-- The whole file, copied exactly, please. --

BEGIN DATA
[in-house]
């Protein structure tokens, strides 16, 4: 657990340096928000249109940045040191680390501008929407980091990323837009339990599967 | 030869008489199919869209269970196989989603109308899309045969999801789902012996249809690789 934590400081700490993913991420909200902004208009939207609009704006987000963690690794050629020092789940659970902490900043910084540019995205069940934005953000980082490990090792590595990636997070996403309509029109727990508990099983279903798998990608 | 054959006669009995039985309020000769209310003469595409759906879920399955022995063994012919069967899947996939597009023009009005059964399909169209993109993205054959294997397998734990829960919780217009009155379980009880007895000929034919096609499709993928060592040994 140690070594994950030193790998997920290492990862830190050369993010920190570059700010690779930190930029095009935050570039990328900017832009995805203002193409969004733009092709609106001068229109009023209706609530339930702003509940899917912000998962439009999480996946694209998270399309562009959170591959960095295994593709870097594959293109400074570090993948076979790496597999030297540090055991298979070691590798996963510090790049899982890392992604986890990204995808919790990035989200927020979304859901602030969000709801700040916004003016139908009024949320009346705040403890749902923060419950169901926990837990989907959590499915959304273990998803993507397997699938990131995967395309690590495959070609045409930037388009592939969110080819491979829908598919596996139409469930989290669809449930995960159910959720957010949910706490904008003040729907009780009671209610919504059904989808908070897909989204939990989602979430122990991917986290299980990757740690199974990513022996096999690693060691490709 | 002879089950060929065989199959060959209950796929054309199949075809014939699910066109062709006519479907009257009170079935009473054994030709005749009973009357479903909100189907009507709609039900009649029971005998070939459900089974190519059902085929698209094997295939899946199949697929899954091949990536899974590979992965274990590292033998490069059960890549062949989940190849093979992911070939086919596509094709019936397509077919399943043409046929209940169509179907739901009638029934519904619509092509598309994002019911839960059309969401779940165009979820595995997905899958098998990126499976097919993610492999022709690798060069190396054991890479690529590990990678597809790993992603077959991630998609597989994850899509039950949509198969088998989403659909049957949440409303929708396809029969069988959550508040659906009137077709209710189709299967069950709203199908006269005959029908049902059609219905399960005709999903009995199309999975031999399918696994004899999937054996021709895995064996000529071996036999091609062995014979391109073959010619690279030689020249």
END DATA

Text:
[in-house]
């Protein structure tokens, strides 16, 4: 657990340096928000249109940045040191680390501008929407980091990323837009339990599967 | 030869008489199919869209269970196989989603109308899309045969999801789902012996249809690789 934590400081700490993913991420909200902004208009939207609009704006987000963690690794050629020092789940659970902490900043910084540019995205069940934005953000980082490990090792590595990636997070996403309509029109727990508990099983279903798998990608 | 054959006669009995039985309020000769209310003469595409759906879920399955022995063994012919069967899947996939597009023009009005059964399909169209993109993205054959294997397998734990829960919780217009009155379980009880007895000929034919096609499709993928060592040994 140690070594994950030193790998997920290492990862830190050369993010920190570059700010690779930190930029095009935050570039990328900017832009995805203002193409969004733009092709609106001068229109009023209706609530339930702003509940899917912000998962439009999480996946694209998270399309562009959170591959960095295994593709870097594959293109400074570090993948076979790496597999030297540090055991298979070691590798996963510090790049899982890392992604986890990204995808919790990035989200927020979304859901602030969000709801700040916004003016139908009024949320009346705040403890749902923060419950169901926990837990989907959590499915959304273990998803993507397997699938990131995967395309690590495959070609045409930037388009592939969110080819491979829908598919596996139409469930989290669809449930995960159910959720957010949910706490904008003040729907009780009671209610919504059904989808908070897909989204939990989602979430122990991917986290299980990757740690199974990513022996096999690693060691490709 | 002879089950060929065989199959060959209950796929054309199949075809014939699910066109062709006519479907009257009170079935009473054994030709005749009973009357479903909100189907009507709609039900009649029971005998070939459900089974190519059902085929698209094997295939899946199949697929899954091949990536899974590979992965274990590292033998490069059960890549062949989940190849093979992911070939086919596509094709019936397509077919399943043409046929209940169509179907739901009638029934519904619509092509598309994002019911839960059309969401779940165009979820595995997905899958098998990126499976097919993610492999022709690798060069190396054991890479690529590990990678597809790993992603077959991630998609597989994850899509039950949509198969088998989403659909049957949440409303929708396809029969069988959550508040659906009137077709209710189709299967069950709203199908006269005959029908049902059609219905399960005709999903009995199309999975031999399918696994004899999937054996021709895995064996000529071996036999091609062995014979391109073959010619690279030689020249």